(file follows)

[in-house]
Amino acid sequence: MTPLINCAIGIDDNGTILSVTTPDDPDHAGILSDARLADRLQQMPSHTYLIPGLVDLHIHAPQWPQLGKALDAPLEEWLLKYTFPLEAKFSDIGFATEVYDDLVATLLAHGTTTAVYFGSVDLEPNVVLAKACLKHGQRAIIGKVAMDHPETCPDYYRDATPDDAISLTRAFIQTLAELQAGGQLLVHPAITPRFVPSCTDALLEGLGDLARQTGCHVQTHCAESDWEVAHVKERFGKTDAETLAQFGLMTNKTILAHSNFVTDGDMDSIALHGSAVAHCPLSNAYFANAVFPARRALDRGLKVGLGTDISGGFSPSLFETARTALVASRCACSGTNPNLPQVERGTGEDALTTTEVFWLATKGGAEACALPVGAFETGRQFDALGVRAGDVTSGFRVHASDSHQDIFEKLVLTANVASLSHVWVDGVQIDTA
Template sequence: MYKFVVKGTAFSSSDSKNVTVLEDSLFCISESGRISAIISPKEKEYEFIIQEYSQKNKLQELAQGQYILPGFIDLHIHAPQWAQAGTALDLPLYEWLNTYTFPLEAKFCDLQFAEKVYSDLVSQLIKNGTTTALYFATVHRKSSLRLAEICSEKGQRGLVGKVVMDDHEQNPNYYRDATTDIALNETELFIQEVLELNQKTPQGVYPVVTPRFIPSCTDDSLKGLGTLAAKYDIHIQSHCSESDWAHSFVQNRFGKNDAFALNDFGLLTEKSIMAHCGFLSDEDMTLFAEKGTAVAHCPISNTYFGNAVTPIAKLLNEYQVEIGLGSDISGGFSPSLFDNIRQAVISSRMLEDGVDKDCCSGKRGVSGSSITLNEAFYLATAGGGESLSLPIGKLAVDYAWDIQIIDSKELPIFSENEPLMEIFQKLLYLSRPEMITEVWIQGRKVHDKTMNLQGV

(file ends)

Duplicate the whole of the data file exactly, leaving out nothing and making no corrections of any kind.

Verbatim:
[in-house]
Amino acid sequence: MTPLINCAIGIDDNGTILSVTTPDDPDHAGILSDARLADRLQQMPSHTYLIPGLVDLHIHAPQWPQLGKALDAPLEEWLLKYTFPLEAKFSDIGFATEVYDDLVATLLAHGTTTAVYFGSVDLEPNVVLAKACLKHGQRAIIGKVAMDHPETCPDYYRDATPDDAISLTRAFIQTLAELQAGGQLLVHPAITPRFVPSCTDALLEGLGDLARQTGCHVQTHCAESDWEVAHVKERFGKTDAETLAQFGLMTNKTILAHSNFVTDGDMDSIALHGSAVAHCPLSNAYFANAVFPARRALDRGLKVGLGTDISGGFSPSLFETARTALVASRCACSGTNPNLPQVERGTGEDALTTTEVFWLATKGGAEACALPVGAFETGRQFDALGVRAGDVTSGFRVHASDSHQDIFEKLVLTANVASLSHVWVDGVQIDTA
Template sequence: MYKFVVKGTAFSSSDSKNVTVLEDSLFCISESGRISAIISPKEKEYEFIIQEYSQKNKLQELAQGQYILPGFIDLHIHAPQWAQAGTALDLPLYEWLNTYTFPLEAKFCDLQFAEKVYSDLVSQLIKNGTTTALYFATVHRKSSLRLAEICSEKGQRGLVGKVVMDDHEQNPNYYRDATTDIALNETELFIQEVLELNQKTPQGVYPVVTPRFIPSCTDDSLKGLGTLAAKYDIHIQSHCSESDWAHSFVQNRFGKNDAFALNDFGLLTEKSIMAHCGFLSDEDMTLFAEKGTAVAHCPISNTYFGNAVTPIAKLLNEYQVEIGLGSDISGGFSPSLFDNIRQAVISSRMLEDGVDKDCCSGKRGVSGSSITLNEAFYLATAGGGESLSLPIGKLAVDYAWDIQIIDSKELPIFSENEPLMEIFQKLLYLSRPEMITEVWIQGRKVHDKTMNLQGV